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A Modern Reincarination of Graphire: WACOM Bamboo Series Drawing Tablet Reverse Engineering

This is going to be a short follow-up of the previous article; please read that one before proceeding:   https://www.lithcore.cn/2024/02/wacom-et-0405-reverse-engineering.html . Same as before, all the high-resolution PCB scans have been uploaded to GDrive:  https://drive.google.com/drive/folders/1vGHHMH9WkavLYoCPT2HWrooUTZOjV1wc I'm personally attached to the Bamboo product line because that is where I got started 10 years ago. The Bamboo product line is initially made of cheap pen-tablet products designed for the entry-level market. WACOM intentionally limited the performance of those products to avoid direct competition with their professional Intuos product line.  Interestingly, by the time I started using their products, WACOM had gradually shifted the focus of this product line to experimental and high-diversity products, including mobile phone styluses, ultrasonic pens (The first Bamboo Inkling product), mobile phone applications, and paper-based products (e.g. Bamboo Folio

Dumping firmware from Huion Tablets

 Huion uses a chip labeled "HV901" as the central controller. The location of USB routing, crystal, and power rail is identical to the STM32 C8 package and its numerous clones. It's very likely a relabeled STM32 chip.

Mainboard of Huion H610Pro V2

As a commercial product, the JTAG is locked. Some hacking is needed to obtain the firmware dump. 

Getting one from the firmware updater:

It turns out that the official firmware updater (https://www.huion.com/firmware.html) uses an unencrypted HTTP transaction, so it's easy to obtain the firmware from there: 
https://github.com/Lucretia/hs610-info. But the files are encrypted in some way.

Device list:

The firmware updater also has some other interesting stuff inside. For example, in the MacOS version, there's a file called "DevicesMcuTypeForRdCode.plist" containing a detailed list of supported devices, the highest version supported, and the exact model number of the MCU used. From this file, I learned that the HV901 is basically a relabeled GD32F350C8, which is a popular STM32 clone.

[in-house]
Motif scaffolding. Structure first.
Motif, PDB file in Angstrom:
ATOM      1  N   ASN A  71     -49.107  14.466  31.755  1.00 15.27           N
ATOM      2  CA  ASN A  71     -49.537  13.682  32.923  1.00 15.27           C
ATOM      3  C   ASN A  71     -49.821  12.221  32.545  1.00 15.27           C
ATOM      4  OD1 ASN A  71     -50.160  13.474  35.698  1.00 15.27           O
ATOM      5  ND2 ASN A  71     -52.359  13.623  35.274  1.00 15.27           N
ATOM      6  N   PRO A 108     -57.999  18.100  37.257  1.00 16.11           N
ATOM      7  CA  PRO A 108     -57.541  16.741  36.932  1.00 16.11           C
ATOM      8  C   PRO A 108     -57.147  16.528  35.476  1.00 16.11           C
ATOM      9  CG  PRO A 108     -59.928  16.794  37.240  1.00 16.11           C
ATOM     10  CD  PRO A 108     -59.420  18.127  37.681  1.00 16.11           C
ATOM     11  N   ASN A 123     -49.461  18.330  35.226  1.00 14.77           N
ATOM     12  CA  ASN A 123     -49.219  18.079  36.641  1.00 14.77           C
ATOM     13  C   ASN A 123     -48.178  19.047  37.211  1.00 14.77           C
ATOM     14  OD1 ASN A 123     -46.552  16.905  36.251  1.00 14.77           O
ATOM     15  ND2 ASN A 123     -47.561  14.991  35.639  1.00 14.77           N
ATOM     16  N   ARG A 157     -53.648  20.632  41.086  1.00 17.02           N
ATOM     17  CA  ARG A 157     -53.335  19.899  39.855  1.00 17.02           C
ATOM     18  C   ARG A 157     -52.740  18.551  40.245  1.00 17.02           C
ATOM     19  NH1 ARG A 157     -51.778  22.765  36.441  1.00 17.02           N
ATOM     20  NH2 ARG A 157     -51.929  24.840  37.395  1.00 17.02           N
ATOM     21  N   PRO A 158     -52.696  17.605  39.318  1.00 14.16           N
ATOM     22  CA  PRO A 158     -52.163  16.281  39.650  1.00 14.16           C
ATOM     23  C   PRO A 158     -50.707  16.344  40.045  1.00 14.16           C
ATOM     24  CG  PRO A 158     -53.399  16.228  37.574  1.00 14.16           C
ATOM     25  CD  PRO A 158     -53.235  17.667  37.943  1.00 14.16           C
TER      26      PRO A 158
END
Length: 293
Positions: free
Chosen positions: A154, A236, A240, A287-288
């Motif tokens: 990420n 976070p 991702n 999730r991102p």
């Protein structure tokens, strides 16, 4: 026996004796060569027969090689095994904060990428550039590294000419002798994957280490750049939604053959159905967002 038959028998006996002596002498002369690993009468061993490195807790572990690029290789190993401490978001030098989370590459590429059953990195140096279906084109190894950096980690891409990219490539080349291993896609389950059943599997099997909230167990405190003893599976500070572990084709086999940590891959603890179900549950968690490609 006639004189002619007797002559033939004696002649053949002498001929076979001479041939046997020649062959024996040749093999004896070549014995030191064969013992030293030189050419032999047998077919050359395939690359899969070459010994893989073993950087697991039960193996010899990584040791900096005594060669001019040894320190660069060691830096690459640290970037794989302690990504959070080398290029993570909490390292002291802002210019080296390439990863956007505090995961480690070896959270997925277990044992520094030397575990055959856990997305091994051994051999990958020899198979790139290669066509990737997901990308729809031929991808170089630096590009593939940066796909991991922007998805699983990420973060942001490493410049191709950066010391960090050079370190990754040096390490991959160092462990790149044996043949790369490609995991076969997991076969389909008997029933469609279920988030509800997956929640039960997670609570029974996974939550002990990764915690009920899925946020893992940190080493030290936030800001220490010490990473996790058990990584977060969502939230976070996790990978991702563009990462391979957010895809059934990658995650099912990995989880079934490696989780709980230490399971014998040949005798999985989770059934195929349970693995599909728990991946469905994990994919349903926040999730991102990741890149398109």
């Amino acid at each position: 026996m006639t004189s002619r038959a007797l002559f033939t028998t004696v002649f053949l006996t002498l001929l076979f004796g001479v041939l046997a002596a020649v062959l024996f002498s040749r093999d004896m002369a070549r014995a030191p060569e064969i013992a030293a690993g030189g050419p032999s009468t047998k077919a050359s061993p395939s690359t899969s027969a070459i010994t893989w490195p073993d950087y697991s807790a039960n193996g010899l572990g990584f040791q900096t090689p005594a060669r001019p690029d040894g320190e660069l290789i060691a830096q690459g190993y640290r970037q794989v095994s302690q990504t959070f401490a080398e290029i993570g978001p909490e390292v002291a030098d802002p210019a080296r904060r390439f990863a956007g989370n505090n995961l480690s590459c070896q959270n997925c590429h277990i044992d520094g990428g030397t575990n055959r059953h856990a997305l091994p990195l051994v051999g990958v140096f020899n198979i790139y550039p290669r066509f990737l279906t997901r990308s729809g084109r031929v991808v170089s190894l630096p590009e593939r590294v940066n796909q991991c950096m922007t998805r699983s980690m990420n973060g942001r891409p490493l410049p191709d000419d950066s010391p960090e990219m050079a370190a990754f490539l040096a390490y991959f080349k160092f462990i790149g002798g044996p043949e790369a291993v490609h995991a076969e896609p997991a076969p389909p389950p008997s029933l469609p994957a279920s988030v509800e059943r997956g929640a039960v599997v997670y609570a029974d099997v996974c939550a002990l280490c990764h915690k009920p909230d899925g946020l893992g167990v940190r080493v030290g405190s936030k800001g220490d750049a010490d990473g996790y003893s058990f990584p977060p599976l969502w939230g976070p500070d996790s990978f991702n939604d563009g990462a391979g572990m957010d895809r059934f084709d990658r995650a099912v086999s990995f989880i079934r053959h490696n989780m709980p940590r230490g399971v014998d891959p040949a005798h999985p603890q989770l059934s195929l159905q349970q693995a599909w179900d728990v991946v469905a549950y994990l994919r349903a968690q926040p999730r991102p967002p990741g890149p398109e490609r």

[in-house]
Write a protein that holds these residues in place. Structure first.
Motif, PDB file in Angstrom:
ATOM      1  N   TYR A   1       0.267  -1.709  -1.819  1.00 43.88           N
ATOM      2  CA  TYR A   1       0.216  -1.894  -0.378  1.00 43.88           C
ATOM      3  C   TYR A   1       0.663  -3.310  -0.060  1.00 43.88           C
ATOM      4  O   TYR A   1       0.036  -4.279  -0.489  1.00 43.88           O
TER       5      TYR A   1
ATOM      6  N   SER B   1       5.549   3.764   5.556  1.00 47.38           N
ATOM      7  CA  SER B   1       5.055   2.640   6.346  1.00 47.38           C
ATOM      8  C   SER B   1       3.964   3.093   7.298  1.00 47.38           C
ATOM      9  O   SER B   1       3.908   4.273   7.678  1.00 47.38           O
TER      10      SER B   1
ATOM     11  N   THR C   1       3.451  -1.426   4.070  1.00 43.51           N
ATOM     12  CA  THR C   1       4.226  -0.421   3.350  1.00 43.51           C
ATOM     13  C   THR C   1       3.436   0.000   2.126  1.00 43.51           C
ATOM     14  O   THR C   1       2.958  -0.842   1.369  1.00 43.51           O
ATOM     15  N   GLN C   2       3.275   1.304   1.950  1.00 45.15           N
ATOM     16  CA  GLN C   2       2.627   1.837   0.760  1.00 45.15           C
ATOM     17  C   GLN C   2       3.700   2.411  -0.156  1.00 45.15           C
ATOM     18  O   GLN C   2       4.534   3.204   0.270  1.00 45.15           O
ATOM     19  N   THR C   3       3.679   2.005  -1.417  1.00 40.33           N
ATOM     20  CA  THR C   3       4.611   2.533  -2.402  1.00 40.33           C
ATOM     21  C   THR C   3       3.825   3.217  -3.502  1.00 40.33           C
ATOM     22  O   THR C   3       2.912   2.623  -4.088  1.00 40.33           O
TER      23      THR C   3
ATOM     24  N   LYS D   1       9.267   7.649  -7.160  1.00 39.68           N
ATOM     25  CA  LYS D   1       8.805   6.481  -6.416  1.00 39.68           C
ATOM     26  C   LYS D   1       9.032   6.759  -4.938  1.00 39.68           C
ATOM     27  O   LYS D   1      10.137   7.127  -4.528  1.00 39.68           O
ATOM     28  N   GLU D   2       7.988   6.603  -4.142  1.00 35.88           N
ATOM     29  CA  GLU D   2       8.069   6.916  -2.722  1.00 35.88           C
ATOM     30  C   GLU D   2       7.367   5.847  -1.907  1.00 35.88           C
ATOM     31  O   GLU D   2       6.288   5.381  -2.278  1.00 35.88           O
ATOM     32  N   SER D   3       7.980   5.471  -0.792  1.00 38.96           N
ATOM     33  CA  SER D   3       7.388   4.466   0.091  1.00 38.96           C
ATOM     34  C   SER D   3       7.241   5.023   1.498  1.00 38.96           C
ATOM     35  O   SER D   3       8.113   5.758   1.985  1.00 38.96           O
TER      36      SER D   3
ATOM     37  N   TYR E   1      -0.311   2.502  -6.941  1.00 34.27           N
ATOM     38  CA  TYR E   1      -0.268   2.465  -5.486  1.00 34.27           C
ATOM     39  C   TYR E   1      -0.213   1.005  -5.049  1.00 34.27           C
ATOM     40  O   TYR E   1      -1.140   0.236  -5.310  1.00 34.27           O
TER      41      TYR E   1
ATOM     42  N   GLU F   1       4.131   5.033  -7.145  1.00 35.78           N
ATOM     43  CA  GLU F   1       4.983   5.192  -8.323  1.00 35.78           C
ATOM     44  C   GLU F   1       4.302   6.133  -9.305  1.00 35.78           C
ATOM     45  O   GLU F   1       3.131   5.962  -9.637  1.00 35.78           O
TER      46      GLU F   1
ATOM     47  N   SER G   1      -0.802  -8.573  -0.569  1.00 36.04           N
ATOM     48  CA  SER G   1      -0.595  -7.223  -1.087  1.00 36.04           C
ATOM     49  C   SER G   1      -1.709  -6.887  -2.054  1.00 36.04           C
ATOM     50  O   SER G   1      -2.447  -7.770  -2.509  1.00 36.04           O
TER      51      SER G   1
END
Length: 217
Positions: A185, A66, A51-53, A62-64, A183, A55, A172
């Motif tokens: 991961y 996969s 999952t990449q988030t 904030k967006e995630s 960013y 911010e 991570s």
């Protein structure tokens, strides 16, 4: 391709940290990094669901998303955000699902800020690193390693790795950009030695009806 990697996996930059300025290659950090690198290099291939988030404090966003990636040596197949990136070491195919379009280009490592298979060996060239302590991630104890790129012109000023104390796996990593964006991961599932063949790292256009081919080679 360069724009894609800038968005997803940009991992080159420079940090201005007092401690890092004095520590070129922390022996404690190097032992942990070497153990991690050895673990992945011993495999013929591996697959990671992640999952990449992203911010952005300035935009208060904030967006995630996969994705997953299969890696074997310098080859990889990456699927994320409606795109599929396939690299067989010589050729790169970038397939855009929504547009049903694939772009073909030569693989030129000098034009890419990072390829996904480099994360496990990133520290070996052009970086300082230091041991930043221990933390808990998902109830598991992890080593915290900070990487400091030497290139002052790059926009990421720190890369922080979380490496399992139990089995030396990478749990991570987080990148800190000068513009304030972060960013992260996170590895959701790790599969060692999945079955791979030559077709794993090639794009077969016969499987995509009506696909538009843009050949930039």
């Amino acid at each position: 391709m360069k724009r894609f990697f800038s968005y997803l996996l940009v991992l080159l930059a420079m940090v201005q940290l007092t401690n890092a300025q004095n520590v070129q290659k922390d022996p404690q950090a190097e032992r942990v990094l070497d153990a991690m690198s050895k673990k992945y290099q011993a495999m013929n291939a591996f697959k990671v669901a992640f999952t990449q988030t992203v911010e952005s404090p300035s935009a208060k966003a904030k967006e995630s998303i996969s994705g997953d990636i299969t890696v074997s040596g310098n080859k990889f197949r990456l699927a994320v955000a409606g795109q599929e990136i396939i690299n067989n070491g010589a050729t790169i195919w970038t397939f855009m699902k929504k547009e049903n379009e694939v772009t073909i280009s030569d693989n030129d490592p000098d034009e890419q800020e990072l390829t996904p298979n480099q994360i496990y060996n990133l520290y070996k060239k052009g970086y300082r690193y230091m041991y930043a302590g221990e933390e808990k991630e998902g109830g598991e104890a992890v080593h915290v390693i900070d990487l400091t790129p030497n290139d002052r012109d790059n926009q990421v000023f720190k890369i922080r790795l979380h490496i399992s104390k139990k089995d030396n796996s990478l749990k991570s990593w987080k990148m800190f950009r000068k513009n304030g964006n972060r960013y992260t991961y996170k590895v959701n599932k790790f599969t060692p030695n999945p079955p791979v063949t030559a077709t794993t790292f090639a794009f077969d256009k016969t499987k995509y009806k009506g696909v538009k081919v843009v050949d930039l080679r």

Busting the firmware encryption:

Surprisingly, the raw, encrypted binary of H430P is included in the MacOS version of the firmware updater, probably by mistake! Oopsie. With this firmware, it's now possible to reverse engineer the encryption and obtain the firmware of all other models! 
It turns out that the encryption uses a very simple static dictionary-based method. I obtained the dictionary by comparing the two versions of the H430P firmware.
Decrypting the Firmware Binary

Because it's a static dictionary, it's also possible to extract it without any reference using statistical methods. The gist is that the bytes in a typical firmware should follow some kind of statistical distribution.  It's possible to guess the unencrypted bytes by looking at the hisogram.

Getting one using power glitch:

This kind of MCU has a physically connected but software-locked JTAG, making them particularly susceptible to power glitch attacks (compared to older chips like MSP430, where the JTAG pins are physically melted internally once programming is done). One famous example is the AirTag hack: People managed to dump Apple's AirTag firmware almost immediately after its release https://www.youtube.com/watch?v=_E0PWQvW-14. Initially, you need to buy FPGA-based hardware, such as the ChipWhisperer, to generate the exact timed power glitch. Today, the process has been streamlined to the extreme, and you basically only need a Raspberry Pi Pico to pull it off: 
For STM32s, the community has created a complete toolkit for this exact purpose: https://github.com/CTXz/stm32f1-picopwner

It's never been so easy to breach the readout protection, but I have to stress that it's not ST's fault for this breach. Almost all microprocessors are susceptible to this kind of attack, and despite the fact that academia has devoted tremendous effort to trying to fix this problem, there's simply no easy engineering solution available yet. Today, the best thing you can do as a product engineer is to fully utilize the hardware asymmetry key cryptography features and figure out a way to protect the most sensitive information.

Conclusion:

So, I managed to get a ROM dump of HV901 in the end. In the next article, I will analyze the firmware and understand all the math magic that makes drawing tablets possible.  


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